Would you turn your IT infrastructure over to your most dangerous competitor? Clearly no.
Even if Amazon does not enter the market with an internal effort, they can afford to buy countless startups that are hosted in AWS in any market, and give them the same Amazon advantages that Amazon streaming enjoys.
And, when you turn over your IT to Amazon, your IT expertise goes dark. Even if you admit to this trend, your best IT people are going to leave for growth opportunities, and your fate is preordained.
Moreover, you cannot afford to sit still and just run your own IT infrastructure in the conventional way. You simply cannot be competitive with AWS without going to automation. You cannot achieve the efficiency, the agility and reliability without it. Without serious automation of your IT infrastructure, your organization will not be able to resist this gravitational pull of AWS while staying competitive. What we are talking about is not a 10 percent or 20 percent improvement with automation; it is orders of magnitude.
Also, the time to start is now — right now.
Getting to real automation is not an overnight step. It requires adapting your organization, processes and infrastructure to automation while keeping it all running smoothly. It is this urgency that means you cannot afford to wait decades for standards and open-source solutions to emerge. AOS for data center network automation is available now.
You can start now, and you must.
I gave a talk at the recent October 2016 ONUG meeting in New York entitled "Incremental Automation or Rapid Annihilation". It may sound over-dramatic, but fundamentally I believe we are at a tipping point, and survival is on the table, which is why vendors are embracing Apstra to empower CIOs with data center automation to control their infrastructure and stay competitive. And, this data center automation is part of a larger trend toward automation. In this trend, as we have seen with Uber, the winners win big, and the losers do not survive.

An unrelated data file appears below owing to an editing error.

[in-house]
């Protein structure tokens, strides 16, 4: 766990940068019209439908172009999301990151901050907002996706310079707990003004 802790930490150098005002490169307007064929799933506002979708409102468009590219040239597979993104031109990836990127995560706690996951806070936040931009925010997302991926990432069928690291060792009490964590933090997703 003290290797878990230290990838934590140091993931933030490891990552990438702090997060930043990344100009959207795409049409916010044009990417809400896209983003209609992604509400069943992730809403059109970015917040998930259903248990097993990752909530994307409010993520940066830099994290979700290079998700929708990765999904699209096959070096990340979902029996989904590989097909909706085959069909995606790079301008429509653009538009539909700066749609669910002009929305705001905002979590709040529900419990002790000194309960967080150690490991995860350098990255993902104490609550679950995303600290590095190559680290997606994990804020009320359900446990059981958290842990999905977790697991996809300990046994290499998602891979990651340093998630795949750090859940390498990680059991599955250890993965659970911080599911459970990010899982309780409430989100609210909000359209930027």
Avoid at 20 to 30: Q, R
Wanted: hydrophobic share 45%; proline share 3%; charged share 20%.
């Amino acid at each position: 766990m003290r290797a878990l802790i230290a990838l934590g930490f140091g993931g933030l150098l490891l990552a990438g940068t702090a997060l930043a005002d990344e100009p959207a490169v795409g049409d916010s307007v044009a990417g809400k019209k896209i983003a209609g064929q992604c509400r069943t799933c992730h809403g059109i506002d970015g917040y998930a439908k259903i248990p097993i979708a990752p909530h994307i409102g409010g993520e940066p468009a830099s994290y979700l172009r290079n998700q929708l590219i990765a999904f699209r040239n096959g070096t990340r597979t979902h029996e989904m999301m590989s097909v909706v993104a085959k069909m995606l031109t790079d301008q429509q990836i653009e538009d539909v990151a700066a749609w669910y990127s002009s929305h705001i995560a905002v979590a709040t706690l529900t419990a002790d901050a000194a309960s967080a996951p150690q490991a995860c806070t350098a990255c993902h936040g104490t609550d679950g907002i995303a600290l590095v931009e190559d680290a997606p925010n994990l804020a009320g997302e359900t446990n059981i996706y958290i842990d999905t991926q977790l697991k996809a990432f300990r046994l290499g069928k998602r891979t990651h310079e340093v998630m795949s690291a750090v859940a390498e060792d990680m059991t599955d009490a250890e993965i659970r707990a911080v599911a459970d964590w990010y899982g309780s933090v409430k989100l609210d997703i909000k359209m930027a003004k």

So, I'd say with AWS re:Invent, as the saying goes, what happens in Las Vegas should stay in Las Vegas. Nice show, but not the path to stable existence. What happens in your IT organization should stay in your data center, in your own private cloud.
Let Apstra help you achieve this next generation IT while achieving all the agility, efficiency and reliability that allows you to control your IT destiny.
To learn more, check out the following resources:
- Cowen Group podcast with David Cheriton and Mansour Karam
- Mansour Karam's blog post on the "Self-Operating Network"
- Doug Gourlay's blog post SDN: What It Should Have Been
- David Cheriton’s white paper on the Distributed Systems Challenge in Data Center Automation